The final amendments to the Energy Act passed second reading at the National Assembly. The main objective of the bill is to address two of the most critical problems in the energy sector in Bulgaria – the high indebtedness of NEC and the lack of public trust in the regulatory body – the State Energy and Water Regulatory Commission (SEWRC). To a large extent, the changes also affect investors in renewable energy sources.
The first change introduced by the amendments is in the status of SEWRC and its members. In the new version of the law the word ‘State’ is deleted from the name of the Commission, and the members of EWRC will be elected by the National Assembly, but not by the Council of Ministers. The other change is in the number of members – they will be nine, divided into two sectors, but headed by the same chairperson. For the achievement of better transparency, it is decided that the way of voting for the individual members of the Commission will be publicly announced.
In order to reduce the financial burden on the National Electricity Company, the National Assembly adopted a series of changes in the mechanisms of preferential payment. First, it revoked the obligation for purchasing at preferential prices the electricity produced by low-effective heating companies and power plants, and also provided NEC with the option to renegotiate the parameters of the long-term contracts concluded with certain thermal power plants.
Another step, particularly concerning investors in renewable energy sources, is the abolishment of many privileges for producers of renewable energy. As per the amendments to the provisions for encouragement under Art. 18, the new powers of above 1.5 megawatts will not be sold at a preferential price anymore, which means that preferential price will be granted only to small power plants of up to 30 kilowatts, as well as the power plants of up to 1.5 megawatts operating with a combined cycle and using biomass. The changes will affect not only future investment projects, but also those that are still unfinished at the time of entry into force of the law. Besides, the amendments release small power producers from the obligation to provide online data of their production, and this change concerns RES power plants of up to 200 kilowatts. Other amendments are planned to be adopted by an additional ordinance, aimed at reduction of the surcharges for RES power currently paid by industrial power consumers.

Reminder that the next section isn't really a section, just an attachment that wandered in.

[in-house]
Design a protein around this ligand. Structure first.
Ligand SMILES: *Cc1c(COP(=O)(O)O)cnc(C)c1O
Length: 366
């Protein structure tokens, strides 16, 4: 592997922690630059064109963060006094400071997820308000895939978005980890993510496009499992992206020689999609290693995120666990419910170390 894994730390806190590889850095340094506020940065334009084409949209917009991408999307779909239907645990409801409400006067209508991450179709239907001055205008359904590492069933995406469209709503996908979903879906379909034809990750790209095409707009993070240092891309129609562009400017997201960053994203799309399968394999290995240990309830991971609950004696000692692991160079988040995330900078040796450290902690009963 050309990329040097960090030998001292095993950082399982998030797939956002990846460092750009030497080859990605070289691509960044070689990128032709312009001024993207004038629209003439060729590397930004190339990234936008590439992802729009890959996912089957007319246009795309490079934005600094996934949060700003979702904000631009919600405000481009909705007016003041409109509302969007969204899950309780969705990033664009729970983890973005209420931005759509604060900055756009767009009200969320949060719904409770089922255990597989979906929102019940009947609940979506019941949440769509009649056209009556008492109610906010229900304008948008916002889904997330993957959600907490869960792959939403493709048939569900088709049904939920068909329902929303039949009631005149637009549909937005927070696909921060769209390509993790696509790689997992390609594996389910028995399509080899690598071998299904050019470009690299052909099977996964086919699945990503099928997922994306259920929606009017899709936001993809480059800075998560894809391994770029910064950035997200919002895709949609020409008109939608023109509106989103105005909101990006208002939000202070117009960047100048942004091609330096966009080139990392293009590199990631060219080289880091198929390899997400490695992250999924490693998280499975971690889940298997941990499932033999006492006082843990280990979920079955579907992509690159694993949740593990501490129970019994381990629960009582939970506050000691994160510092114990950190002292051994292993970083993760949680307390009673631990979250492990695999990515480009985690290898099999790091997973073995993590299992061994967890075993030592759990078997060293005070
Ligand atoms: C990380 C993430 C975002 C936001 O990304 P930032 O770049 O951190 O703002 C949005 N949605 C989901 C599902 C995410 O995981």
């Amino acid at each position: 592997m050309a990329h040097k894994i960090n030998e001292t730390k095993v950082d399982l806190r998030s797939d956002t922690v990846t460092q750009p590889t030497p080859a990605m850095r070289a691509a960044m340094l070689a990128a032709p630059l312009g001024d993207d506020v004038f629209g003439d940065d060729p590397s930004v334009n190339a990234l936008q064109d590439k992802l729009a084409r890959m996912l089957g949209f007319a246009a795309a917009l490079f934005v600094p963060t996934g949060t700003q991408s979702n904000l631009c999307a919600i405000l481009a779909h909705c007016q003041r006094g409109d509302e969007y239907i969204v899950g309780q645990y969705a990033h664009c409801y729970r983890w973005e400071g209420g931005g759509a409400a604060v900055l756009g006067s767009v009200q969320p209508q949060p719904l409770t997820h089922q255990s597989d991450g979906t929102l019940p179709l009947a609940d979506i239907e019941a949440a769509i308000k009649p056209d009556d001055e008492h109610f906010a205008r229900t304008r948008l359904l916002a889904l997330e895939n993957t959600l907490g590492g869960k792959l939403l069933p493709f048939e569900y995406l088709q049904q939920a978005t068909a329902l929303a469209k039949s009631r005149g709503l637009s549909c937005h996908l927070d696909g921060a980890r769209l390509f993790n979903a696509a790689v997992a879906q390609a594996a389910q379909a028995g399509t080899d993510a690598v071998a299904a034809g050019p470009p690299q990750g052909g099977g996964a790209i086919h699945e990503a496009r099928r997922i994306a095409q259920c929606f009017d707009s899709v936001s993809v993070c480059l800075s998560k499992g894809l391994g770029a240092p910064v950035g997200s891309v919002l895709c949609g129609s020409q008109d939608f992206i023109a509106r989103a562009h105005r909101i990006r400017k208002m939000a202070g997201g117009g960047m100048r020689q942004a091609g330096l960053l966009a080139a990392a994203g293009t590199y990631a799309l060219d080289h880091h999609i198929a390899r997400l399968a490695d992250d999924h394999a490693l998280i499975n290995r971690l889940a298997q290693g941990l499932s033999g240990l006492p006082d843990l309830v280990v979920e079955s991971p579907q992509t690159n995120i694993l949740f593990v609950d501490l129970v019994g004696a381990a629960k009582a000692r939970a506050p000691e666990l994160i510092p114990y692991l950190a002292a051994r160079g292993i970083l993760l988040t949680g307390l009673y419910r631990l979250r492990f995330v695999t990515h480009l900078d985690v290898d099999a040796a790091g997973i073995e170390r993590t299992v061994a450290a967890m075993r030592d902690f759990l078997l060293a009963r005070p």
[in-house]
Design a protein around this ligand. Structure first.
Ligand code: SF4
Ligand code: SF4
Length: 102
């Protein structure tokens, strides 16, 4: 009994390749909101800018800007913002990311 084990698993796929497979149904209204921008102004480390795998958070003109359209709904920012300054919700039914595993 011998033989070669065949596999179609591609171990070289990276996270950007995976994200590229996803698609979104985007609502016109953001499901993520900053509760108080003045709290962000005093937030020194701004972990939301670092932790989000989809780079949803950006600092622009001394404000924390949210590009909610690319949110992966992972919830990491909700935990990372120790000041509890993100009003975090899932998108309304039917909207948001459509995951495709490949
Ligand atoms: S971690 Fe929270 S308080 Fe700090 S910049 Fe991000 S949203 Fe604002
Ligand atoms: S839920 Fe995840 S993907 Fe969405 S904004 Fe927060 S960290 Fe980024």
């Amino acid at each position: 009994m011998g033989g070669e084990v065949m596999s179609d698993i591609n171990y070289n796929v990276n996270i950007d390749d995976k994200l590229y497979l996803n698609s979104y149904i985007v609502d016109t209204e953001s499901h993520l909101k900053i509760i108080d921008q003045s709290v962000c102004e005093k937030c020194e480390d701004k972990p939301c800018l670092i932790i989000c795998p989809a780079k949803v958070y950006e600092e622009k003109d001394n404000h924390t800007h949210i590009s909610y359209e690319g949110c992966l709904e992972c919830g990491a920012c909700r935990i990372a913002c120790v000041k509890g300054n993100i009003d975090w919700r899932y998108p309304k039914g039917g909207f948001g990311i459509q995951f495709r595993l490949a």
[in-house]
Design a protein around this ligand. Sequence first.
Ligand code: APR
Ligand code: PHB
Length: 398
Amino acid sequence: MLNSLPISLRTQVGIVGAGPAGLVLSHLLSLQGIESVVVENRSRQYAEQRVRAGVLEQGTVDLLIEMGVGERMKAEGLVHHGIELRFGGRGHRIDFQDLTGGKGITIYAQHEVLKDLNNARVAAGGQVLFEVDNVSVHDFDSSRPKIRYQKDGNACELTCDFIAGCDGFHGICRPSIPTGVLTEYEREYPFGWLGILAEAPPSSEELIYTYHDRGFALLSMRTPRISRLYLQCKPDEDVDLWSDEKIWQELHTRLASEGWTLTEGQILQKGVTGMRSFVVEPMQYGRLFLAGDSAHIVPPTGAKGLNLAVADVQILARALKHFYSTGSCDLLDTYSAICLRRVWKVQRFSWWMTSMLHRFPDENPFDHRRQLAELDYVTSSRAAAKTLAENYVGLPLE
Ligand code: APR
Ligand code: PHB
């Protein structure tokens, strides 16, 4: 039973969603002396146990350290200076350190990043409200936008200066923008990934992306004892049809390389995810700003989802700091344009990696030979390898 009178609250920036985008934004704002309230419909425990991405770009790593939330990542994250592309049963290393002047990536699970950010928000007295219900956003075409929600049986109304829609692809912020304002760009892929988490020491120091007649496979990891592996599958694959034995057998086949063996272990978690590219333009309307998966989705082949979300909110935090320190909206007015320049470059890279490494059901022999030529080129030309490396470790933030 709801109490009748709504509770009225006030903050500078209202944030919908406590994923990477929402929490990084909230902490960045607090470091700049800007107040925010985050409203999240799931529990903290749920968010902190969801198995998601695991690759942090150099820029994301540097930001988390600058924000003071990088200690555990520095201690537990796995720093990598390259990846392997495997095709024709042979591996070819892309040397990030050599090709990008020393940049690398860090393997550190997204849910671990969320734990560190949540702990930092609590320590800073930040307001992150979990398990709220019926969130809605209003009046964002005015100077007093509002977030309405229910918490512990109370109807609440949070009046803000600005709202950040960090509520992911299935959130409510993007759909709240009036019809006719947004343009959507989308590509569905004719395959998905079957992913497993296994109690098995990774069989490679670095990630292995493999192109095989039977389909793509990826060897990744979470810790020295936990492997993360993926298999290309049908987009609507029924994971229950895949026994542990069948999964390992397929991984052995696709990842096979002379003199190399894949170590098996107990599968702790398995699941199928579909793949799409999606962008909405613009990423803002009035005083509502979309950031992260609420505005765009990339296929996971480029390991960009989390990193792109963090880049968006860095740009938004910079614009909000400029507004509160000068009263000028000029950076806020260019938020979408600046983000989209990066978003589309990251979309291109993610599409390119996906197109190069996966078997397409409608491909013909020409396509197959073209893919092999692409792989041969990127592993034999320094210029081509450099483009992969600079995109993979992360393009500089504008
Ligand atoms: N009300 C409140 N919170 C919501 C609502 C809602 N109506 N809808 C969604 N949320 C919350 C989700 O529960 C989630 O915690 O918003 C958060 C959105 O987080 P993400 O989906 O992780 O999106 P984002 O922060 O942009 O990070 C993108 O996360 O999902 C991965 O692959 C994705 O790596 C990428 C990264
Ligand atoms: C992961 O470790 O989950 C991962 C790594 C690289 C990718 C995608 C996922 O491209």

For the purpose of reducing the non-effectiveness of the policy of preferential prices hitherto, such will be paid to heating companies and power plants only for highly effective energy with a certificate of high effectiveness.
An additional change aimed at increasing the control in the sector is the provision granting powers to the Public Financial Inspection Agency (PFIA) to inspect all power plants of above 1 megawatt which operate on the regulated market at preferential prices.